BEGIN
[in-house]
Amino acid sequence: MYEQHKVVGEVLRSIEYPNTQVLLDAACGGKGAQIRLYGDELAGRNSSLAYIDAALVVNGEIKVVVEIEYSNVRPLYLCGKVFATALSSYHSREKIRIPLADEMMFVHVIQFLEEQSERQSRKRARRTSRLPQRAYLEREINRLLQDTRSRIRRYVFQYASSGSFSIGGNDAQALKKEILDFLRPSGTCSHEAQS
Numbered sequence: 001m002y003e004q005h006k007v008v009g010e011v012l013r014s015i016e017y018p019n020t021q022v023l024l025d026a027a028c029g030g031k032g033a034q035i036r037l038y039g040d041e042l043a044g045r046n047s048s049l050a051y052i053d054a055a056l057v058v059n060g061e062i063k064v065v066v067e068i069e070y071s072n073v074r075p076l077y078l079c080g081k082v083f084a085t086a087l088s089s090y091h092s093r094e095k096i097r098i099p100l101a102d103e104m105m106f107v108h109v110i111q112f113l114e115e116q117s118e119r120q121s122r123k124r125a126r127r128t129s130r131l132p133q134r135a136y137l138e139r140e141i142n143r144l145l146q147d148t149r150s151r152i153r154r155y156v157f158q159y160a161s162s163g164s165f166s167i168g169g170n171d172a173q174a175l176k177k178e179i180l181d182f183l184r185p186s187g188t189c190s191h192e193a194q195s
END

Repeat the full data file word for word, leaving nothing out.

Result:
[in-house]
Amino acid sequence: MYEQHKVVGEVLRSIEYPNTQVLLDAACGGKGAQIRLYGDELAGRNSSLAYIDAALVVNGEIKVVVEIEYSNVRPLYLCGKVFATALSSYHSREKIRIPLADEMMFVHVIQFLEEQSERQSRKRARRTSRLPQRAYLEREINRLLQDTRSRIRRYVFQYASSGSFSIGGNDAQALKKEILDFLRPSGTCSHEAQS
Numbered sequence: 001m002y003e004q005h006k007v008v009g010e011v012l013r014s015i016e017y018p019n020t021q022v023l024l025d026a027a028c029g030g031k032g033a034q035i036r037l038y039g040d041e042l043a044g045r046n047s048s049l050a051y052i053d054a055a056l057v058v059n060g061e062i063k064v065v066v067e068i069e070y071s072n073v074r075p076l077y078l079c080g081k082v083f084a085t086a087l088s089s090y091h092s093r094e095k096i097r098i099p100l101a102d103e104m105m106f107v108h109v110i111q112f113l114e115e116q117s118e119r120q121s122r123k124r125a126r127r128t129s130r131l132p133q134r135a136y137l138e139r140e141i142n143r144l145l146q147d148t149r150s151r152i153r154r155y156v157f158q159y160a161s162s163g164s165f166s167i168g169g170n171d172a173q174a175l176k177k178e179i180l181d182f183l184r185p186s187g188t189c190s191h192e193a194q195s